Traditionally, our system has always favoured simple one-size-fits-all policies that are easy to administer but I believe that the time has come to refine our policies to ensure that the final burden is where it should be.

Diesel tax/carbon tax: The diesel tax is spot on and a good example of taxing specific areas. The carbon tax, however, is in its early days and we need to be mindful that any regime conceptualised does not end up in the carbon emitters passing on the costs to the end consumers (which could be the case if water price increases are not implemented correctly).

Various business schemes: This is an area where we should applaud the government for taking a genuinely proactive approach in helping the businesses. However, one cannot help but suspect that there is insufficient information and education out there, resulting in only the better organised (and perhaps bigger businesses) availing themselves of these schemes.

Also, in view of the already low corporate tax rates, any further rebates/incentives might be insufficient to influence economic behaviour (with the exception of the larger corporate taxpayers).

Categorisation of businesses: At the expense of oversimplification, we have traditionally viewed businesses as either large businesses or SMEs (small and medium enterprises) and tried our best to tailor policies to their specific needs.

However, I believe that perhaps the time has come to further relook at micro-SMEs on a standalone basis as they have different needs from the larger SMEs. These are typically family businesses that can be as small as having one to five employees, and helping them with specific measures could inject a certain resilience into the economy as more could be persuaded to start micro businesses and be less reliant on the job creation mechanism, which could be cyclical and fickle. In addition, the micro-SMEs of today could eventually be the SMEs of tomorrow and it is imperative that we try to nurture them before they fizzle out prematurely.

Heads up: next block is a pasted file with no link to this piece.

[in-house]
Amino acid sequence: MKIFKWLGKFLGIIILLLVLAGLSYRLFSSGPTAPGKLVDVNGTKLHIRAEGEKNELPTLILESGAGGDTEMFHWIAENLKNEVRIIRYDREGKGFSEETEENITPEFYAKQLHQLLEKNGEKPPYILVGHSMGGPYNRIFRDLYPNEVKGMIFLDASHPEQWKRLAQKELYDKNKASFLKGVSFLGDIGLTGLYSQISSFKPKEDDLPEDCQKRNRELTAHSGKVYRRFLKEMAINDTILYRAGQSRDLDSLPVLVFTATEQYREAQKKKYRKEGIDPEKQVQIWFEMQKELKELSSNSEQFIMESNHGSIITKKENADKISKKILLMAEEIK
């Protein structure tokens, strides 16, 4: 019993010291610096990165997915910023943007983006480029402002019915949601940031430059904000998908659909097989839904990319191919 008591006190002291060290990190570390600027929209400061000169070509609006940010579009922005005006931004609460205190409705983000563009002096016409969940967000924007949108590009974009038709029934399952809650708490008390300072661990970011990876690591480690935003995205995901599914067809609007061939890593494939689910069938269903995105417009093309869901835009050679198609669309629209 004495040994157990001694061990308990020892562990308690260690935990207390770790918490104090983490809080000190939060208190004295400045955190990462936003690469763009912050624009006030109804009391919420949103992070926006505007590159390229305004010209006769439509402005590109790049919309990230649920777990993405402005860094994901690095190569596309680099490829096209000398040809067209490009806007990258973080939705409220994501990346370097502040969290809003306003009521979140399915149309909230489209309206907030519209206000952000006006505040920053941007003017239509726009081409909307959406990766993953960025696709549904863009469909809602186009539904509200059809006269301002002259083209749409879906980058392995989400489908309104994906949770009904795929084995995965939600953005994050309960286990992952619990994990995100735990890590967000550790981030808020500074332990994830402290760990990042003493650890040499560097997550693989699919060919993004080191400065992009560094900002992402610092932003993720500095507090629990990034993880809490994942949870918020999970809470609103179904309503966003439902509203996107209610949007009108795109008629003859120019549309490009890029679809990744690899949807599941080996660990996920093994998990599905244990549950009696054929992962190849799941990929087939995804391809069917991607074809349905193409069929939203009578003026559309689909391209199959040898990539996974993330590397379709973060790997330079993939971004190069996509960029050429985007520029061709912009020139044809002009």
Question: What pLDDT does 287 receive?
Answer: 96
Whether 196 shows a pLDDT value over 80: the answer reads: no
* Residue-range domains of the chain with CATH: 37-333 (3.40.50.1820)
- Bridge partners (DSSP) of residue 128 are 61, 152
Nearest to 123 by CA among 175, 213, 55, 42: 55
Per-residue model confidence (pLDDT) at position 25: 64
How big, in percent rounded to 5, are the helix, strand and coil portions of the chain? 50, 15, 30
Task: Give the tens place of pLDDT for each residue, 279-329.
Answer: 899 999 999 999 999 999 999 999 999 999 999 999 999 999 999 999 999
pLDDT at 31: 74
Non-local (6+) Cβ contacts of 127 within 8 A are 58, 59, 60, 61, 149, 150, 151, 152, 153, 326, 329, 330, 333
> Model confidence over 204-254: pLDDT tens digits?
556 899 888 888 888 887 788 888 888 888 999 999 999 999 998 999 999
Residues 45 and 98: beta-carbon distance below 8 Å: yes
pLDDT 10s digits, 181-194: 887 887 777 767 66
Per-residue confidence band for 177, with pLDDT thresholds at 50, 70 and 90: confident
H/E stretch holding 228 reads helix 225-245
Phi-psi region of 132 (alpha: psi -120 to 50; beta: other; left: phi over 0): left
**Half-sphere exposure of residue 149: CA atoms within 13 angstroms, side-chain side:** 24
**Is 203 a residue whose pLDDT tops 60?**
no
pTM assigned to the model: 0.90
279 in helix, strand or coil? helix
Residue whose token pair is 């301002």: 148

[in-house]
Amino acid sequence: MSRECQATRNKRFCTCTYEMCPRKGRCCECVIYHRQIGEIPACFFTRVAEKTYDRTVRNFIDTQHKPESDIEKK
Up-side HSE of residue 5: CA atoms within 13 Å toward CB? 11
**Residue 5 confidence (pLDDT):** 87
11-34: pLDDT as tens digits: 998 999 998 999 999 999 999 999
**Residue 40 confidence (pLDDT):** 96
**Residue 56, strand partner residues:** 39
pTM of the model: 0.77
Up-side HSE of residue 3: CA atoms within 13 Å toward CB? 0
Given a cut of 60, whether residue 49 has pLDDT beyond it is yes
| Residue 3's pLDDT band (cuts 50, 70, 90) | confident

Budget caps on ministries and organs of state: While this is an admirable initiative, I remain to be convinced that this is the way forward. With greater complexities to deal with and blind spots in a free market, I believe that the public sector will play an even more important role in addressing these shortcomings. While all budgets should most definitely be relooked and reevaluated, I believe that the imposition of a downward cap might not be the correct way forward.

Conclusions and a peek into the future: The above is just a quick reaction to some of the Budget initiatives and is in no way exhaustive nor conclusive. As Mr Heng has hinted, expenditures are expected to rise in the future and these expenditures need to be funded. As such, it is even more imperative that we embark on policies that are effective in changing behaviours and relook spending policies that have no effect on outcome.

Taxes are already low and I believe that further reductions may not have the desired effect. Future funding is, in my opinion, likely to take the form of additional tariffs instead of incentives. As such, we need to be mindful that any additional tariffs do indeed have the effect of targeting specific behaviours and not have the unintended outcome of being passed on.

  • The writer is director of taxes at PKF-CAP Advisory Partners Pte Ltd